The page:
An Elkton-area woman who illegally gave a pregnant 16-year-old an abortion pill is facing five years in prison after accepting a plea deal.
The victim suddenly experienced acute pain after taking the pill, putting her in the hospital, prosecutors said. Several hours later, her baby died after the teen gave birth there, prosecutors added.
Sandra Craine, 62, of the 2000 block of Oldfield Point Road, was later indicted on two charges that related only to the adverse effect her actions had on the victim - not on the teen's baby.
Craine pleaded guilty to reckless endangerment on Dec. 16 in Cecil County Circuit Court as part of a plea agreement negotiated by Assistant State's Attorney Kevin B. Urick and her Elkton-based defense lawyer, John Downs.
In exchange for Craine's guilty plea, prosecutors dropped a second-degree child abuse charge, which also related to the victim.
Craine's sentencing is scheduled for Feb. 13. She remains free on a $5,000 bond.
A Cecil County grand jury handed up the two-count indictment against Craine in August - about two months after she mail-ordered a packet of abortion pills, RU-486, off an overseas website and gave them to the victim, prosecutors reported.
At the time, according to Urick, the teen was "20 weeks and five days" into her pregnancy.
Doctors who treated the pregnant teen at Union Hospital in Elkton told investigators and prosecutors that RU-486 must be taken during the first 10 weeks of pregnancy only, according to Urick.
Craine failed to follow other instructions relating to the abortion pills she gave the victim, according to prosecutors.
"The packaging stated that a prescription was needed to obtain the medication and that it should be taken only under a doctor's supervision," Urick said, noting that neither instruction was followed.
A pregnant woman wanting a pharmaceutically induced abortion takes specified doses of RU-486 over a series of days and under a physician's care.
"The pills arrive in the mail and (Craine) gives the packet to (the victim). She takes her first pill on the morning of June 30 and two hours later, the pregnant (victim) is in Union Hospital with pain. Her baby was born alive a short time later, but died shortly thereafter," Urick said.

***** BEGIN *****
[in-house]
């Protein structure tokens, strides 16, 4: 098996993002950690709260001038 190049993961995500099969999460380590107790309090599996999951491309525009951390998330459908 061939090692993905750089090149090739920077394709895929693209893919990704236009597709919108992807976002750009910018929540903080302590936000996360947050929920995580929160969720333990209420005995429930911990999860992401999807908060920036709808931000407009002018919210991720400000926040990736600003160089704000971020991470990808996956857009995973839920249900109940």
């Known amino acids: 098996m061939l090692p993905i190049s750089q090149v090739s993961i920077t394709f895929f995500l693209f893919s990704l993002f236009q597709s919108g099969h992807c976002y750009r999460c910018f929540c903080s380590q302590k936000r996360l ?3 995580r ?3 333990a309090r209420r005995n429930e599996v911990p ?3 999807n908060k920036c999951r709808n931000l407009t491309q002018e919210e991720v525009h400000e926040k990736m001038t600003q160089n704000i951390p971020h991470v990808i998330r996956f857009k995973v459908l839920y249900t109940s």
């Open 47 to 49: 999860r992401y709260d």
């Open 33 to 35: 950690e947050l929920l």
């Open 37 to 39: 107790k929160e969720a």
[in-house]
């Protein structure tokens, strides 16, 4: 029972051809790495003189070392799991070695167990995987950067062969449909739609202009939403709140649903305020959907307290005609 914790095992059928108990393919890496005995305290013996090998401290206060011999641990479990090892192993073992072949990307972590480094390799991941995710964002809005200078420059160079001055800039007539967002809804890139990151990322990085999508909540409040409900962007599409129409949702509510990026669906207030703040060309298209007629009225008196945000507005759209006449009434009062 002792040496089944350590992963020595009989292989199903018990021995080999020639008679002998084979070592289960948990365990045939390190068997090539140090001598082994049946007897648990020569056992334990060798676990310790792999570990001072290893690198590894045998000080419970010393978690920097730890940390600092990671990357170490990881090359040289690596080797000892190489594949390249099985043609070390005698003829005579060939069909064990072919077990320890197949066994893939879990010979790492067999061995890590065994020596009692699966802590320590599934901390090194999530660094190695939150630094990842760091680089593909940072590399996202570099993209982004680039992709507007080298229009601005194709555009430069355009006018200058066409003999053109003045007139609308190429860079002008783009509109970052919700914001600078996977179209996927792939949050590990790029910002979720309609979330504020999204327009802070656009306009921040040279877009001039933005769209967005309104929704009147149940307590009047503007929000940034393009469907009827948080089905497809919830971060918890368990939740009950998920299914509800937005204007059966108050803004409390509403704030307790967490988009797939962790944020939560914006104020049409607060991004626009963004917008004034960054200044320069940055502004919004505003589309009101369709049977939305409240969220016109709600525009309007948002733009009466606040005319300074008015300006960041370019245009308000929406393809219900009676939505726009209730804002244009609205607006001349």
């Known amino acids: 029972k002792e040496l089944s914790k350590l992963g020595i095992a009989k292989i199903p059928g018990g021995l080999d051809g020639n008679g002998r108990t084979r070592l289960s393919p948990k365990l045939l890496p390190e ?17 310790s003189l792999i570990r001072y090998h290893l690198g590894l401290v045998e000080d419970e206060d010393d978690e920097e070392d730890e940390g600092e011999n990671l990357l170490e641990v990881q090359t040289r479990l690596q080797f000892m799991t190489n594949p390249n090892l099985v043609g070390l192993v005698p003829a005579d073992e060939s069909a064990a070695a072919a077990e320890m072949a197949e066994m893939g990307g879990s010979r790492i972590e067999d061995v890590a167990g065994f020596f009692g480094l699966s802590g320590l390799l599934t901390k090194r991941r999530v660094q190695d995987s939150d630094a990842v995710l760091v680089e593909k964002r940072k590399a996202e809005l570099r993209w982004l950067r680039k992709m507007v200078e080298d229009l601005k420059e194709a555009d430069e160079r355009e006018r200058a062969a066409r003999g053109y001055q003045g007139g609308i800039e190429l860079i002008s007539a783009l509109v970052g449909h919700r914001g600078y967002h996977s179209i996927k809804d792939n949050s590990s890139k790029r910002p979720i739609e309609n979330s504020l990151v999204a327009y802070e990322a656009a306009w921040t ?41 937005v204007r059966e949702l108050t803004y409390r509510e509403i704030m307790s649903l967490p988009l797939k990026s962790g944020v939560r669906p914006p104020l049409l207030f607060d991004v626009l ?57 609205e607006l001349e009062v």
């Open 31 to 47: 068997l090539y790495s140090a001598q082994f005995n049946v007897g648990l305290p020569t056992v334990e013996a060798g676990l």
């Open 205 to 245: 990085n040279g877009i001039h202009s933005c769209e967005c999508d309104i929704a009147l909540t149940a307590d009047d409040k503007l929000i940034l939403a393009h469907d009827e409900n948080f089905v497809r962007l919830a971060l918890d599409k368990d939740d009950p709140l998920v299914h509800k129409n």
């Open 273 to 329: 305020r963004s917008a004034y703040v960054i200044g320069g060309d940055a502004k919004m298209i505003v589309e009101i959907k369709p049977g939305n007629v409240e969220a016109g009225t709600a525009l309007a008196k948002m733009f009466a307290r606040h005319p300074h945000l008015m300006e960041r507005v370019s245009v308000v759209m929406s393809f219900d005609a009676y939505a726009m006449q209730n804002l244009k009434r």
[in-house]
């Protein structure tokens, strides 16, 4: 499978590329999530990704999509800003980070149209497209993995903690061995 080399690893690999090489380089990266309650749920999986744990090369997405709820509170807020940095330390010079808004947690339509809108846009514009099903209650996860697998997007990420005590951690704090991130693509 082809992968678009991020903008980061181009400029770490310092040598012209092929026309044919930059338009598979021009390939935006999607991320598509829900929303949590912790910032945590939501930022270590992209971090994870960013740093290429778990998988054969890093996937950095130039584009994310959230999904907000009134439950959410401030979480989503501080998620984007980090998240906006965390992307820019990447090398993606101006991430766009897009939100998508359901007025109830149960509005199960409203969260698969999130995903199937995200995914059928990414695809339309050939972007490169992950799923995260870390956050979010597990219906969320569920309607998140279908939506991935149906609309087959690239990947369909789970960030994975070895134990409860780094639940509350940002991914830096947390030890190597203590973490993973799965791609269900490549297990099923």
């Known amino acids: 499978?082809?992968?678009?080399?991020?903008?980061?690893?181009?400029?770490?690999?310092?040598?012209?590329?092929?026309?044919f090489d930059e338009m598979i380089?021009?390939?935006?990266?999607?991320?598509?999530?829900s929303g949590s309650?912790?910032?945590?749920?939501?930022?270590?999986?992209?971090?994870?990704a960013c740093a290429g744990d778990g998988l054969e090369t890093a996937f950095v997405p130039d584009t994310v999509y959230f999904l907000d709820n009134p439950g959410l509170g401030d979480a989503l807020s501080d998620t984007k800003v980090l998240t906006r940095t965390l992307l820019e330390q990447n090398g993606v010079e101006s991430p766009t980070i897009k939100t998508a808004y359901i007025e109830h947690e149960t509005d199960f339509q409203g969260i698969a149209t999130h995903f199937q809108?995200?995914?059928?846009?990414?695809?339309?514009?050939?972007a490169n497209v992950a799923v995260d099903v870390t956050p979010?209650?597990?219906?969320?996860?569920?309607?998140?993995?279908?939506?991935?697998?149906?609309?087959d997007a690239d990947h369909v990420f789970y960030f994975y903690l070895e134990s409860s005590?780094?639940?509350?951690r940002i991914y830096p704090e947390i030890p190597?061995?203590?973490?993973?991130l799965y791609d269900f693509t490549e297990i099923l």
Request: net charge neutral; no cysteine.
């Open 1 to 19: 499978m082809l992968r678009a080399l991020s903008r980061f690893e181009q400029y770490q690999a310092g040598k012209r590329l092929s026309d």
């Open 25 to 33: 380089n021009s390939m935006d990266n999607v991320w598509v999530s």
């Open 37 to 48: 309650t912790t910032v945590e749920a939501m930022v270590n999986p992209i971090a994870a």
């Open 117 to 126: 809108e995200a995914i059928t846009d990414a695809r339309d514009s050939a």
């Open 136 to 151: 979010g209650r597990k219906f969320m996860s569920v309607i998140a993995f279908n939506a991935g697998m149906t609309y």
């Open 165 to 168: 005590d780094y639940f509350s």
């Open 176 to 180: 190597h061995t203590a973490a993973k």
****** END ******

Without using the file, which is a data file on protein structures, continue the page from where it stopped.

Doctors who treated the victim contacted police and Det. Angel Valle of the Cecil County Sheriff's Office, in turn, conducted the investigation that led to the indictment.
This is the second abortion-related criminal case in Cecil County in recent history.
Last month, a Cecil County grand jury handed up murder indictments against two doctors in connection to late-term abortions they allegedly performed at a clinic at 126 E. High St. in Elkton in the summer of 2010.
It is believed to be the first time that abortion-related murder charges have been filed against doctors in Maryland under a state law that went into effect in 2005.
While the statute allows prosecutors to charge doctors and others who perform abortions of viable fetuses, meaning they could survive on their own outside the womb, it doesn't permit them to charge the pregnant women who arrange for and undergo abortions.
One of the murder defendants - Dr. Steven Chase Brigham, 55, of Voorhees, N.J. - is free on $500,000 bond after his arraignment in Cecil County Circuit Court on Friday. He is facing five counts each of first-degree murder and second-degree murder, as well as one charge of conspiracy to commit murder.
Meanwhile, his co-defendant, Dr. Nicola Irene Riley, 46, of Salt Lake City, Utah - remained jailed without bond in Utah on Wednesday after waiving extradition on Monday, which marks a 10-day countdown for when she must be returned to Cecil County.
Riley faces one count each of first-degree murder, second-degree murder and conspiracy to commit murder.